To drive interest in research, the ecosystem in each campus must define practises that lead to faculty and students undertaking more projects. The outcome of each research project needs to be measured in order to make it a result-oriented learning process.

Why do Indian B-schools not tailor their curriculum to meet local needs? Why is there always a ‘one size fits all’ approach?
While, there are MBA programmes in areas like Marketing, Finance and Retail, there are also customised programmes which focus on Business Analytics, Rural Management, Entrepreneurship and many more. However, there is more demand for MBA programmes with sector specialisation like Retail, Finance, IT in comparison to niche programmes.

What more should Indian B-schools do to create leaders, and not just followers?
To transform students as leaders, B-schools must offer opportunities for learners to project their capabilities in diverse environments. What B-schools can do differently is to measure student performance while working collaboratively in groups during their internship, projects, student exchange programmes and social cultural events on campus.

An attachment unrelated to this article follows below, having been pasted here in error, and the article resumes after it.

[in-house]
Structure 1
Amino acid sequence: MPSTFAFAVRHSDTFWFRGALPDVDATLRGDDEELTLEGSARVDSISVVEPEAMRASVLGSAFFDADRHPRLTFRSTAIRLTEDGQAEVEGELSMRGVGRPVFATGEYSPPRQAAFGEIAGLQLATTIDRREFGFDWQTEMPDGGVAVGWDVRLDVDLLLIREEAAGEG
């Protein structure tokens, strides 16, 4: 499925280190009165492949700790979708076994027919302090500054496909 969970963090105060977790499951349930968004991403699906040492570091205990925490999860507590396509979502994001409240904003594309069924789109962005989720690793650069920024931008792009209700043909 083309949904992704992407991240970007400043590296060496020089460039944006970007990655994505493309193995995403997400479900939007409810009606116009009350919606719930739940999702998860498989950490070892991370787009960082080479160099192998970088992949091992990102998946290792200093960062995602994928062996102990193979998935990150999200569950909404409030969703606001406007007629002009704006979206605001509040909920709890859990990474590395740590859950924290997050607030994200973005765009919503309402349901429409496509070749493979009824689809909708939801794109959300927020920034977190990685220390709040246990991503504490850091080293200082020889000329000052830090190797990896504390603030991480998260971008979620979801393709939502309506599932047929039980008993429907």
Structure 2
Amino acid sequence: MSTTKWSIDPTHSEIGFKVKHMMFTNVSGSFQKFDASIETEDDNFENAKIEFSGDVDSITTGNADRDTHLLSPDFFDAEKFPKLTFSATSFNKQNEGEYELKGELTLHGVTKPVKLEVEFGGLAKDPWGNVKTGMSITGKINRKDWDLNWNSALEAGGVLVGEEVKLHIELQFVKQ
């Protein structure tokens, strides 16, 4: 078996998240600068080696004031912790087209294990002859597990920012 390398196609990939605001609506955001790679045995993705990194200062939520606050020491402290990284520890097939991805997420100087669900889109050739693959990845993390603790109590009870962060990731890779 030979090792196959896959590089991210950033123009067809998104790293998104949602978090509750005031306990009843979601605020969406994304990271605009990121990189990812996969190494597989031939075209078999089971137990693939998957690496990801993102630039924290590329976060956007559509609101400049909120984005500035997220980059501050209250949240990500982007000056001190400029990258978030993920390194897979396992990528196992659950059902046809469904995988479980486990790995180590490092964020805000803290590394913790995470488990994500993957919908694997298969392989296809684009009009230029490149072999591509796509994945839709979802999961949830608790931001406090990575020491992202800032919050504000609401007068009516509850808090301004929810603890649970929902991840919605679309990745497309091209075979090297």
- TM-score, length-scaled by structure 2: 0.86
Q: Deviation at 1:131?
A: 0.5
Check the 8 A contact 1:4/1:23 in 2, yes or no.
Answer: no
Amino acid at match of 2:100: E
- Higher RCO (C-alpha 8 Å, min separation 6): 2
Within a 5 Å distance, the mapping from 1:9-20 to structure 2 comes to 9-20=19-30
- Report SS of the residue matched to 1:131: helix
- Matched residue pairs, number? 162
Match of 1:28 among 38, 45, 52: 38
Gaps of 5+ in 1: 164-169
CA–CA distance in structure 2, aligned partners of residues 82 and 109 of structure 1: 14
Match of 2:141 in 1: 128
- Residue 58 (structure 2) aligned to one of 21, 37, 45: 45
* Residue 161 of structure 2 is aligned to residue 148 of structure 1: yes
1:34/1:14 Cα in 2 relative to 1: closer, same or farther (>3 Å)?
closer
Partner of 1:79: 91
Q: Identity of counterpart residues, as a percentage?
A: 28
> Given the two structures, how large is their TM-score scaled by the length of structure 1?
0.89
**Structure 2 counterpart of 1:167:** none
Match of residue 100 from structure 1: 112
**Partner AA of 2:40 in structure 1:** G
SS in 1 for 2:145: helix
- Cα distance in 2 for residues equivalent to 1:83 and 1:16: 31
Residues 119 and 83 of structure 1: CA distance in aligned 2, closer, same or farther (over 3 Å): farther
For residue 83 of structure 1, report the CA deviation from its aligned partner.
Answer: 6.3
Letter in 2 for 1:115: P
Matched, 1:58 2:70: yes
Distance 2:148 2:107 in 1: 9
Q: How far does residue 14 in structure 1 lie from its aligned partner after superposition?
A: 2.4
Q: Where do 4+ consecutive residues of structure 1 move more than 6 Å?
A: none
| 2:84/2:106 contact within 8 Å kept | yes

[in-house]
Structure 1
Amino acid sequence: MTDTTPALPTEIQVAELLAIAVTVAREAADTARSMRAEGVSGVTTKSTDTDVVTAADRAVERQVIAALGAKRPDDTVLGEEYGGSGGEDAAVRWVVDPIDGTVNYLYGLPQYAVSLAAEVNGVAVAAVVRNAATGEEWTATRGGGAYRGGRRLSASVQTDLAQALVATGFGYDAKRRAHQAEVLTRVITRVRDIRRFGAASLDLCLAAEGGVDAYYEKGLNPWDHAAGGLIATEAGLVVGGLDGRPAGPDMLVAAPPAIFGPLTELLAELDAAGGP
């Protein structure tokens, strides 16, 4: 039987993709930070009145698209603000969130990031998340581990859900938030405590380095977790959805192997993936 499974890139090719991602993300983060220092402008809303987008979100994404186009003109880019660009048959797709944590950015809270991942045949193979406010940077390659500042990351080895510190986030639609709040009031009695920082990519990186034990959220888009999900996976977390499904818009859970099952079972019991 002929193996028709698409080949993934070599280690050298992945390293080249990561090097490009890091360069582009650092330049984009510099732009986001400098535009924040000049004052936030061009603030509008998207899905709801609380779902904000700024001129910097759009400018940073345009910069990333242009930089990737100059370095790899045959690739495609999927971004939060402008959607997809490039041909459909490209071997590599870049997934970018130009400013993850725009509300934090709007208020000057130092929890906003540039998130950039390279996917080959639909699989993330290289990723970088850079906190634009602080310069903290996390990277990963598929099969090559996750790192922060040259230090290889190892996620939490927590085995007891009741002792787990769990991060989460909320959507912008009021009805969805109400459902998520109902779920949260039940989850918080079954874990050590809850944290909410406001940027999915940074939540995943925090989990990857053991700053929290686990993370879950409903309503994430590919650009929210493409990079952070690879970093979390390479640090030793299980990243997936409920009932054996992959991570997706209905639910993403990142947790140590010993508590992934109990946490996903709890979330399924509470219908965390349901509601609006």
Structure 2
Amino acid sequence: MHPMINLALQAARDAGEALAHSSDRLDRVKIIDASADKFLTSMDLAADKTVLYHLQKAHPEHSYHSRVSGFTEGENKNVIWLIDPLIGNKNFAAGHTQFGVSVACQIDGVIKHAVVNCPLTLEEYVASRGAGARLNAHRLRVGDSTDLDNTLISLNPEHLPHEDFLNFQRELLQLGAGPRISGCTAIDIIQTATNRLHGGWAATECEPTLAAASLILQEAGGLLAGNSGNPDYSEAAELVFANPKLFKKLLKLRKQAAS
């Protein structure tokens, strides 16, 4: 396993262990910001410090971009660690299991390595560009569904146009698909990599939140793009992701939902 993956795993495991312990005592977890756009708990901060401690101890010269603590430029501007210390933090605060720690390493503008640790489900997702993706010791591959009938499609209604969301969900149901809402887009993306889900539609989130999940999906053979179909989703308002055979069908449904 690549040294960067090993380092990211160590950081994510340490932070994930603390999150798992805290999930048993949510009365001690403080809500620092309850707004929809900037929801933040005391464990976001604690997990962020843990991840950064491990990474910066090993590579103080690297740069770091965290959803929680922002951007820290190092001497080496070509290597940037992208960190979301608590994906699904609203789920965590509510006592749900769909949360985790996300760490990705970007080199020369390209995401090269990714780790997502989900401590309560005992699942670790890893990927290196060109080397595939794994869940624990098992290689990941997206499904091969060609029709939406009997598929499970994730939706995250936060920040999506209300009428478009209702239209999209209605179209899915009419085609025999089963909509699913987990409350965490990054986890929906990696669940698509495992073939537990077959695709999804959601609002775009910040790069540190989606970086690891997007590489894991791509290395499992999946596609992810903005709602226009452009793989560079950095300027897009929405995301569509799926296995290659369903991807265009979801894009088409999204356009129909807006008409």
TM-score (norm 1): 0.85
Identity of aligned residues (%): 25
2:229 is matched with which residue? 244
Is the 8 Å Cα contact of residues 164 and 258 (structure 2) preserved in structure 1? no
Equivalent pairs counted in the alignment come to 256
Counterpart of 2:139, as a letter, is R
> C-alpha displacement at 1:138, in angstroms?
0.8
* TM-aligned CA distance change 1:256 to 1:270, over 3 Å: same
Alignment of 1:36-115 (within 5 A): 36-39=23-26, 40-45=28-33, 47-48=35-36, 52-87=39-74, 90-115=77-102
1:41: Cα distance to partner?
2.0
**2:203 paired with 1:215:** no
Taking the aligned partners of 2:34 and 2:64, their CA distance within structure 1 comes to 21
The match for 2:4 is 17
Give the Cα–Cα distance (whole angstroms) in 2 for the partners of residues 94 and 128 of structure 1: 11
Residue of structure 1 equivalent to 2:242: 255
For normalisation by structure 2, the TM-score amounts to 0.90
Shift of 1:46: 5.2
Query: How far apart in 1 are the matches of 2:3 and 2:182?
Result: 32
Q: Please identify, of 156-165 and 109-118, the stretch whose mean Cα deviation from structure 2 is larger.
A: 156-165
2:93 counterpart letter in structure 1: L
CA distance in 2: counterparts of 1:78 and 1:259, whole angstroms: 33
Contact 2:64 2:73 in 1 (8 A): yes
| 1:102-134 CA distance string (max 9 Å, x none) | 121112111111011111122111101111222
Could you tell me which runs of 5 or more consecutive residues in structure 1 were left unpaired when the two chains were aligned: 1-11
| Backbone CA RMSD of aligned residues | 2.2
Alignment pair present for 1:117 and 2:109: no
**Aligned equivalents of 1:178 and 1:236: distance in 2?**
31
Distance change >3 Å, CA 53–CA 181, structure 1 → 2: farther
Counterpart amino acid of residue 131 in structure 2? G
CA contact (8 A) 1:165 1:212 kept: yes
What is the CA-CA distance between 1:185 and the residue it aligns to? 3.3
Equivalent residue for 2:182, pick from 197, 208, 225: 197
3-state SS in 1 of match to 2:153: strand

How different are women B-school graduates from their male counterparts, as their numbers remain abysmally low?

Women in management education are competitive and determined for a long-haul career in the field of their choice. While many are creative, there are also women who pursue entrepreneurship.

At WeSchool, a student project has become a healthy snack, packed with “nature’s gift— today run successfully by our WeSchool student from Healthcare Management Programme, Komal Kadaba, Co-founder, Nature’s gift —Nutrezy, alongside her mother Sukesha Kadaba, Co-founder, Nature’s gift —Nutrezy.